By Jessica Helfond

My month in Rome was full of unexpected twists and turns. While it all ended up okay, there are a few things I wish I knew before leaving. Here’s some general advice for studying abroad, mixed with some specific tips for studying abroad in Rome.

1. Try new things.

I know what you’re thinking. No kidding, Jessica. Of course you’re going to be trying new things while in a foreign country. Yes, I know it sounds self explanatory! But I do think it’s important to keep in mind. While in a foreign country, you’re constantly surrounded by new, unfamiliar things. Literally everything is different. Because of this unfamiliarity, it can be easy to want to fall back into old habits to find something that feels familiar. Like getting spaghetti every night. Or not going on a spontaneous walk around the city, and instead staying in bed and watching your favorite feel-good show on Netflix. But trust me, keep putting yourself out there and try new things and you won’t regret it. The whole point of going abroad is to have new experiences, and it’s important to keep that in mind throughout your entire trip.

2. Don’t be afraid to be more assertive than normal.

I know, this sounds weird. But this tip is specifically for Rome. Italians are known to be more aggressive. Not in a scary, I’m going to fight you way, but more in a general sense. You have to ask for what you want, especially in a setting like a coffee shop. Waiters aren’t going to be super polite like they are in America (probably because in Italy there are no tips, so they don’t really care), and people aren’t going to wait around for you to make a choice. So you have to know what you want and ask for it, and if you do, you’ll end up getting it.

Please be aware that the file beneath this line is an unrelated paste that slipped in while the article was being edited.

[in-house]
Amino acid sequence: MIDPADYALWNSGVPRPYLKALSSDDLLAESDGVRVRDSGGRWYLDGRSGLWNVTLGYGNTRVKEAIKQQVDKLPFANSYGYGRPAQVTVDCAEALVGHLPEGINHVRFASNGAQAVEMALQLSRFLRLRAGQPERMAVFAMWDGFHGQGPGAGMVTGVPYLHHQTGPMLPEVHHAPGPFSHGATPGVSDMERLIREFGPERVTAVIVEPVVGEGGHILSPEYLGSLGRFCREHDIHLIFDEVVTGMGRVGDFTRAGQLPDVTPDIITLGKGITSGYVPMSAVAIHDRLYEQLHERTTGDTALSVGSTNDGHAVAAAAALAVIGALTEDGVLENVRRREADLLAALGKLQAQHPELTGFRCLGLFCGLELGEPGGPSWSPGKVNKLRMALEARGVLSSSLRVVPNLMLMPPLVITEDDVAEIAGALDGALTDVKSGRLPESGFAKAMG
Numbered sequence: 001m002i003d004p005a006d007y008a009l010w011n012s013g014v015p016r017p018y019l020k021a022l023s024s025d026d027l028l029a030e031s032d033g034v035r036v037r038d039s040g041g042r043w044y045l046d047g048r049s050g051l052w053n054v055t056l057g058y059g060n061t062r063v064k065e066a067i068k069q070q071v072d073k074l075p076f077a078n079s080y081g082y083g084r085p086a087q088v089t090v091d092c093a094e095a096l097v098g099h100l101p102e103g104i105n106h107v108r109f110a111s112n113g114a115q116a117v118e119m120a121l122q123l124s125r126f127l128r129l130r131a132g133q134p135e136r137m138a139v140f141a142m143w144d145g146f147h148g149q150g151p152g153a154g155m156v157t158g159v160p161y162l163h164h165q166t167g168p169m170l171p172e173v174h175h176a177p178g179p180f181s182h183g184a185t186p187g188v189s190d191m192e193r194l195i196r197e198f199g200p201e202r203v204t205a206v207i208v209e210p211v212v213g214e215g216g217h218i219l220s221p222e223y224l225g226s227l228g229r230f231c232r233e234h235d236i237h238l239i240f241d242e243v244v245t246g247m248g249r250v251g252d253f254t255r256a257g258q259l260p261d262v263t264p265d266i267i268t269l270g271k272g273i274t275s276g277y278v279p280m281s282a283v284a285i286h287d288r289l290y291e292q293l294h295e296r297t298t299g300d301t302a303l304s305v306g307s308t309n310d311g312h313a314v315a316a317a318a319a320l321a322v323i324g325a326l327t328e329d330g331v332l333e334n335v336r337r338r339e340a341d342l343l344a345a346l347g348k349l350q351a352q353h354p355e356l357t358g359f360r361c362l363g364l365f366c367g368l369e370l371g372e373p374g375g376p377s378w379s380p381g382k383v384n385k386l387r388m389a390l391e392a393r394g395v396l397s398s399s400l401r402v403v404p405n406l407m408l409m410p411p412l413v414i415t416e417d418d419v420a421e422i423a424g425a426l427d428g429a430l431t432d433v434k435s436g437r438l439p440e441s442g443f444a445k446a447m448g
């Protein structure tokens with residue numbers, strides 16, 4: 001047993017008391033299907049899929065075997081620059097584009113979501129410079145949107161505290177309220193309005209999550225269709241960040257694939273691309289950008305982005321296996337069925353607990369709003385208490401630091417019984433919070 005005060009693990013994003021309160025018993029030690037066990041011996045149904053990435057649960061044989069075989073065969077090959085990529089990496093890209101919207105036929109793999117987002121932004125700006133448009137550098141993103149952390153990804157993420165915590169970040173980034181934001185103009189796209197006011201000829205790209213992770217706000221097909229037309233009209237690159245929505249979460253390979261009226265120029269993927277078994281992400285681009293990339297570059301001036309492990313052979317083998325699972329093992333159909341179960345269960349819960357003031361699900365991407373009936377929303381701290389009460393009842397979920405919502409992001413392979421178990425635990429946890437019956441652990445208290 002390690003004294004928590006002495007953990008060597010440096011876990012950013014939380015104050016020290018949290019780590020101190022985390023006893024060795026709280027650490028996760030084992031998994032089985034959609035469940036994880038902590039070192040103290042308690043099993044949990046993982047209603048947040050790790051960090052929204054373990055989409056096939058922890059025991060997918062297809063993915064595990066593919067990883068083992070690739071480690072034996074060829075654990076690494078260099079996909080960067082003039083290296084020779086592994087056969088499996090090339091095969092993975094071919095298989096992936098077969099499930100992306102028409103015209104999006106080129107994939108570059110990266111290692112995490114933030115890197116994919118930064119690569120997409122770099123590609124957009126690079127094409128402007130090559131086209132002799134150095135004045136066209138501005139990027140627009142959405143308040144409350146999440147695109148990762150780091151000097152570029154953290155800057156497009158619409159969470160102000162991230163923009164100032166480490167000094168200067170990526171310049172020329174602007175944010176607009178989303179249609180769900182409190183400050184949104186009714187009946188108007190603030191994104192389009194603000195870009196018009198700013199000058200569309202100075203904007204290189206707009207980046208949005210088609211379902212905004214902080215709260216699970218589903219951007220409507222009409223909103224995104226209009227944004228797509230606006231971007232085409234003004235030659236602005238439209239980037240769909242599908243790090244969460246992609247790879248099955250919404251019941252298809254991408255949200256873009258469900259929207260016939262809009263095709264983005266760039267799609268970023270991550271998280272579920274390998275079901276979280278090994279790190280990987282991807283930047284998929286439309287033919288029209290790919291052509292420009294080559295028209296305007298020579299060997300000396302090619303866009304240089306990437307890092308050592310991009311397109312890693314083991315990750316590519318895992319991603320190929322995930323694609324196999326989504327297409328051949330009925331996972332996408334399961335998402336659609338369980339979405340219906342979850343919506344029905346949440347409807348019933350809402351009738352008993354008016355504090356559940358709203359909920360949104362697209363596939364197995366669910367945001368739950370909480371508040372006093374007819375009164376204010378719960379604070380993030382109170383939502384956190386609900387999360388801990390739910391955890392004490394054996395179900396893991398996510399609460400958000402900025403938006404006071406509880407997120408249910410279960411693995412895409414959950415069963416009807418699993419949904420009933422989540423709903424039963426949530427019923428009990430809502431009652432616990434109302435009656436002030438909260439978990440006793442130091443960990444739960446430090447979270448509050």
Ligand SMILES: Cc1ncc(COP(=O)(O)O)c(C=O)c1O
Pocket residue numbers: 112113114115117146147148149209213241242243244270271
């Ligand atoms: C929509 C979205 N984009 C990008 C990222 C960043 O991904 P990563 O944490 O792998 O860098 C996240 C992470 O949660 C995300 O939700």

3. You don’t always need a plan.

Some of my favorite days were spent just wandering around Rome. It’s so fun to explore a new city, and you never know just exactly what you’re going to find. So don’t be afraid to go out for the day and see where it takes you–odds are it’ll be better than you could have imagined.

4. Bring good walking shoes.

I can’t stress this enough. I was told this before I went, but I didn’t realize that Italians walk literally everywhere. I walked over 175 miles in 4 weeks in Rome, so PLEASE bring good walking shoes.

5. Bring extra euros. And then bring a few more.

I made the mistake of not bringing enough euros. I didn’t realize that so many small transactions are based on cash (especially all those two euro gelato purchases). If you run out of euros, you have to find an ATM that most likely has terrible exchange rates and usage fees, so you’ll end up spending way more money than you want. Using cash is ESSENTIAL, so bring more euros than you think you’ll need. Odds are, you’ll use them.

6. Public transportation will be ridiculously crowded. It’s okay.

I can’t even describe how crowded public transit in Rome is. Imagine a bus or metro with so many bodies in it, you are pressed up against people all around you (if you can’t imagine that, think about sardines in a can). It might seem like I’m exaggerating, but I’m really not. There are times when it’s so crowded, the vehicle cannot physically hold another body. As unpleasant as that sounds, it’s not that bad. There’s always air conditioning, and you aren’t really on transit for that long, so it goes by quick. 

7. You will make it through.

This is more of a general study abroad trip. Being in an unfamiliar country can seem overwhelming. Now put the stress of taking classes (that do, in fact, count for your GPA) on top of that, and it can seem like way too much. However, it’s doable. And despite how crazy the classes may seem, there’s plenty of time to have fun, make new friends, and go on new adventures while studying abroad. Studying abroad is a once in a lifetime chance, and it’s something that I truly think everyone should experience.

Jessica Helfond studied abroad in Rome in Summer 2019. https://ieo.ucla.edu/travelstudy/italian-rome/